Russia to build early warning system for natural disasters in Myanmar

A boy moves his boat in a flooded village outside Zalun Township, Irrawaddy Delta, Myanmar, August 6, 2015. Source: Reuters

A boy moves his boat in a flooded village outside Zalun Township, Irrawaddy Delta, Myanmar, August 6, 2015. Source: Reuters

Myanmar has requested Russia’s help in setting up a crisis management center. Floods in the Southeast Asian country this monsoon season have claimed more than 100 lives.

The Russian Emergencies Ministry will help Myanmar build an early warning system for natural calamities and supply it with equipment needed for clean-up operations, Vasily Pospelov, Russia’s ambassador to Myanmar told Sputnik News.

“Myanmar’s government is interested in building a nationwide emergency response system. We are discussing deliveries of equipment and communication systems," Pospelov told the news agency. “There is potential for developing cooperation on early warning and response to natural disasters."

Monsoon floods in the Southeast Asian nation this year have claimed more than 100 lives. The United Nations Office for the Coordination of Humanitarian Affairs said more than one million people were "critically affected" by the flooding.

On October 13, Russian Emergencies Ministry aircraft delivered 40 tons of humanitarian aid, including food, blankets, tents and inflatable boats, to the city of Mandalay.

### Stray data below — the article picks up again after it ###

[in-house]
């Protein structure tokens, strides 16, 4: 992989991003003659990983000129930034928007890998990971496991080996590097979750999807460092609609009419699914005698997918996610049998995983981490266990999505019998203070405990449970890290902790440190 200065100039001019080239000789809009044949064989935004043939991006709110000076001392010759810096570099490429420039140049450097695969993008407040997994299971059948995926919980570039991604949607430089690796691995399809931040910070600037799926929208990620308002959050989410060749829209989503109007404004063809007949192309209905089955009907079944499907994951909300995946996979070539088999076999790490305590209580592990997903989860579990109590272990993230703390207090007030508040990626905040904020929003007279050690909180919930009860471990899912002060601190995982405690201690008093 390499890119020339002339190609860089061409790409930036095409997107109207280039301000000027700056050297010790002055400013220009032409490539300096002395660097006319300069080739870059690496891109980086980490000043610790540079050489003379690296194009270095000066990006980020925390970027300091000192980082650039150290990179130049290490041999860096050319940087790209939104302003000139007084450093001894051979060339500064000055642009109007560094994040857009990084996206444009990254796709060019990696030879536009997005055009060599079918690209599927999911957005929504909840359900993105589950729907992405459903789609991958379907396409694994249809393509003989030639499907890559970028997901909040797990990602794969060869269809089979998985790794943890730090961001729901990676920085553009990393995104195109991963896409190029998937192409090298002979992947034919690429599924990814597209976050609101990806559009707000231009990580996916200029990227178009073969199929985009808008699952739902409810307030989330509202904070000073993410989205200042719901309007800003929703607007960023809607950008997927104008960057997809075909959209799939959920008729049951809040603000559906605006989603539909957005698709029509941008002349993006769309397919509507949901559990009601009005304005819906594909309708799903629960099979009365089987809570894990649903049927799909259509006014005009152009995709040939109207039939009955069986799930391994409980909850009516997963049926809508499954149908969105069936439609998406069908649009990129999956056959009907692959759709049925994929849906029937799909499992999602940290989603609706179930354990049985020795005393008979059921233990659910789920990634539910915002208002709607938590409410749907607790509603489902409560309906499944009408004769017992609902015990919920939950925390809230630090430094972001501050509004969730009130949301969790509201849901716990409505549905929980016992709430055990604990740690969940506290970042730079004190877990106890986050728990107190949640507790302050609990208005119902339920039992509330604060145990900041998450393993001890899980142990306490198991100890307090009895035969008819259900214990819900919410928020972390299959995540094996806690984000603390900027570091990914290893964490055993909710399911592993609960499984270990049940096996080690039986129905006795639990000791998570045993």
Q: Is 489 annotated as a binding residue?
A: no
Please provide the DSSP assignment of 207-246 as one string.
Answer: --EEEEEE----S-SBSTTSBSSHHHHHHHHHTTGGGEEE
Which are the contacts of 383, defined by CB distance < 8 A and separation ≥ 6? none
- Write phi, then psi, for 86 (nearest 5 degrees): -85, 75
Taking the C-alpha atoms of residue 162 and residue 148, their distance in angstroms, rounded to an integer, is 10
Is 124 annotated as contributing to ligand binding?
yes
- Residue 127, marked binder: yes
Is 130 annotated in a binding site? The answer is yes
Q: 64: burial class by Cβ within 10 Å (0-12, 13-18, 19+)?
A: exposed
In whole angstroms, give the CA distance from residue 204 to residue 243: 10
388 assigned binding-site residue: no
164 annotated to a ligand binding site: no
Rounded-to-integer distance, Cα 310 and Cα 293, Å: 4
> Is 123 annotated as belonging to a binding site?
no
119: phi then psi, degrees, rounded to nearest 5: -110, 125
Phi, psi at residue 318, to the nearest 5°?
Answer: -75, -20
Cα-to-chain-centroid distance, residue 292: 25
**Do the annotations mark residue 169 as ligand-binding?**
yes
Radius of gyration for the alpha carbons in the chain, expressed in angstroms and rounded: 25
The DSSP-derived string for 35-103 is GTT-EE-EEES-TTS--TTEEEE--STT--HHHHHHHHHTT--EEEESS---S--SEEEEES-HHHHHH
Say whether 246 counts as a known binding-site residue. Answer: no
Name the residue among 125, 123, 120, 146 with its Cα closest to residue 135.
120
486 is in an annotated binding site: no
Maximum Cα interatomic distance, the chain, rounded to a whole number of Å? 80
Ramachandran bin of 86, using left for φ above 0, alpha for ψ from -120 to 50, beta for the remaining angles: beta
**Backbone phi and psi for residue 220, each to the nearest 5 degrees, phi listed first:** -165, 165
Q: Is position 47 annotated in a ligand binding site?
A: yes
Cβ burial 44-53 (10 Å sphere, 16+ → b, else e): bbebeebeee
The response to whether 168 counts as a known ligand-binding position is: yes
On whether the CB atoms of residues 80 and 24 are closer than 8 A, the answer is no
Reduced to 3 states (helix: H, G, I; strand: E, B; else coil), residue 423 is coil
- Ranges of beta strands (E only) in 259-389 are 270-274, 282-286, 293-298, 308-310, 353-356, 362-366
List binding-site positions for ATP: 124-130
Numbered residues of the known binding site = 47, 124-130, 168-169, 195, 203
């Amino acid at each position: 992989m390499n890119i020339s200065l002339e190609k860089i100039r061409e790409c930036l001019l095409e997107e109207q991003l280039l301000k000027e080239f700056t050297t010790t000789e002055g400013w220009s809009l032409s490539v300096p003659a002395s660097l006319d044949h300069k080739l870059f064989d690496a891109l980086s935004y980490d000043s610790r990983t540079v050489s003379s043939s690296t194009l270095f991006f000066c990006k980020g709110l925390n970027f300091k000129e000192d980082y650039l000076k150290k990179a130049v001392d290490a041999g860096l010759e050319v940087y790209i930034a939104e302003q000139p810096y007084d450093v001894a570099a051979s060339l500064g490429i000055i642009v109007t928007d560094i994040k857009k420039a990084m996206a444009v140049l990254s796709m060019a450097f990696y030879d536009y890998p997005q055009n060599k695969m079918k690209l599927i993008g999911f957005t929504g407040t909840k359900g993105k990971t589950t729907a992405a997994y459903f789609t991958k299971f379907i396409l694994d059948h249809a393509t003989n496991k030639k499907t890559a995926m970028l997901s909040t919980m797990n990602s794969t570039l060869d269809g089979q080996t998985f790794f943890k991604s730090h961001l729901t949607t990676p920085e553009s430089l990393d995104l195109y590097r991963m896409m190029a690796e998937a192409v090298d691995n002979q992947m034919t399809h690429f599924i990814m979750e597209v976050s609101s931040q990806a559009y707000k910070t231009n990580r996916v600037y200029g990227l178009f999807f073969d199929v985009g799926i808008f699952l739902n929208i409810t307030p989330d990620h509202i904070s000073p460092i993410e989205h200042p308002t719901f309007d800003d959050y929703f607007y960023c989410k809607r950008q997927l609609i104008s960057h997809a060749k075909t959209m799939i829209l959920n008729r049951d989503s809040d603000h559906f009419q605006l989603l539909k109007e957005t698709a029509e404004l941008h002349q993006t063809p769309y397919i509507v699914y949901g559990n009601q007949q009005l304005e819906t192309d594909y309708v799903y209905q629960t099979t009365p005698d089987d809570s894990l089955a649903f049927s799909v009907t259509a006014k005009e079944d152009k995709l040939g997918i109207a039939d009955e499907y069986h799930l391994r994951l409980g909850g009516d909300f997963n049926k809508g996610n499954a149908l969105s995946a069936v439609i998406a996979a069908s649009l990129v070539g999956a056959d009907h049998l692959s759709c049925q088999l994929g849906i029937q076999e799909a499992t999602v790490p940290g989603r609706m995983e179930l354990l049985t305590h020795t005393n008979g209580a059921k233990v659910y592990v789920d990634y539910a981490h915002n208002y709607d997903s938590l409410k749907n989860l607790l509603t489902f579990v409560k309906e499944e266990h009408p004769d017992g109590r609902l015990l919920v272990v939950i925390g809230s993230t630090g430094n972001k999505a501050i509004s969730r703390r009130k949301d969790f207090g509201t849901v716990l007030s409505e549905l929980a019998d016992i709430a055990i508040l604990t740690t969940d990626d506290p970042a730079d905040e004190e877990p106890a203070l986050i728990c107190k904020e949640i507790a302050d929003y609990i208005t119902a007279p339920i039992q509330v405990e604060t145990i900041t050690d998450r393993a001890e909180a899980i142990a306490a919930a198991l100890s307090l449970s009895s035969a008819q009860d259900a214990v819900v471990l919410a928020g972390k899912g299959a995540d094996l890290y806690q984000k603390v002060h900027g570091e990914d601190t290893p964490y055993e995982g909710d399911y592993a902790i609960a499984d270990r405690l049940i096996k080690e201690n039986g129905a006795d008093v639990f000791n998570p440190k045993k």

Russia is also providing Myanmar’s neighbor, India technical help in setting up a central crisis management center to effectively meet the challenges from natural and manmade disasters.

Russia has the state-of-the-art National Crisis Management Center (NCMC), which keeps real time record of each and every case of accidents and disasters in the country. The center has highly mobile infrastructure that can airlift rescue and relief teams into any part of Russia within hours.

Established in October 2008, by a decree of the Russian President, the NCMC is the daily management body of the Russian Emergencies Ministry. The rescue and relief workers and professionals of the ministry remain ready “24 hours a day, 7 days a week” to respond to any emergency situations, anywhere in the country or abroad.  The ministry’s personnel save a life every 12 minutes, according to the official statistics.

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